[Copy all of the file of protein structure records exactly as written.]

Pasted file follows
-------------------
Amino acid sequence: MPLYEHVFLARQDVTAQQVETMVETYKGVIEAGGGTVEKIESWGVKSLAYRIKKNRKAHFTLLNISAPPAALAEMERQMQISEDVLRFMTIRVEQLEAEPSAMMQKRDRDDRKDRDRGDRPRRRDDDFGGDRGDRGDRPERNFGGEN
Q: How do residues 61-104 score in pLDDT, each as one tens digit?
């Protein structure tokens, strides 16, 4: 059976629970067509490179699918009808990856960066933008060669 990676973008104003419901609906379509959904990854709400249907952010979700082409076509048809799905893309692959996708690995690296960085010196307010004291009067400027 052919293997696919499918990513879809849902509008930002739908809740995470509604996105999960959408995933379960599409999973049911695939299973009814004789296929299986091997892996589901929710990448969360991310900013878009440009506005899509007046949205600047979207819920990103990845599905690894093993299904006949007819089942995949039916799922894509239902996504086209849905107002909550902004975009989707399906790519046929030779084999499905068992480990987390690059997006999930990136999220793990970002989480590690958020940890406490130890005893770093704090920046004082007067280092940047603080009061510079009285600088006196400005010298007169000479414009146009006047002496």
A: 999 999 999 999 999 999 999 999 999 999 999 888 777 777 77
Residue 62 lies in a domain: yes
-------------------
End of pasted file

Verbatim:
Amino acid sequence: MPLYEHVFLARQDVTAQQVETMVETYKGVIEAGGGTVEKIESWGVKSLAYRIKKNRKAHFTLLNISAPPAALAEMERQMQISEDVLRFMTIRVEQLEAEPSAMMQKRDRDDRKDRDRGDRPRRRDDDFGGDRGDRGDRPERNFGGEN
Q: How do residues 61-104 score in pLDDT, each as one tens digit?
């Protein structure tokens, strides 16, 4: 059976629970067509490179699918009808990856960066933008060669 990676973008104003419901609906379509959904990854709400249907952010979700082409076509048809799905893309692959996708690995690296960085010196307010004291009067400027 052919293997696919499918990513879809849902509008930002739908809740995470509604996105999960959408995933379960599409999973049911695939299973009814004789296929299986091997892996589901929710990448969360991310900013878009440009506005899509007046949205600047979207819920990103990845599905690894093993299904006949007819089942995949039916799922894509239902996504086209849905107002909550902004975009989707399906790519046929030779084999499905068992480990987390690059997006999930990136999220793990970002989480590690958020940890406490130890005893770093704090920046004082007067280092940047603080009061510079009285600088006196400005010298007169000479414009146009006047002496």
A: 999 999 999 999 999 999 999 999 999 999 999 888 777 777 77
Residue 62 lies in a domain: yes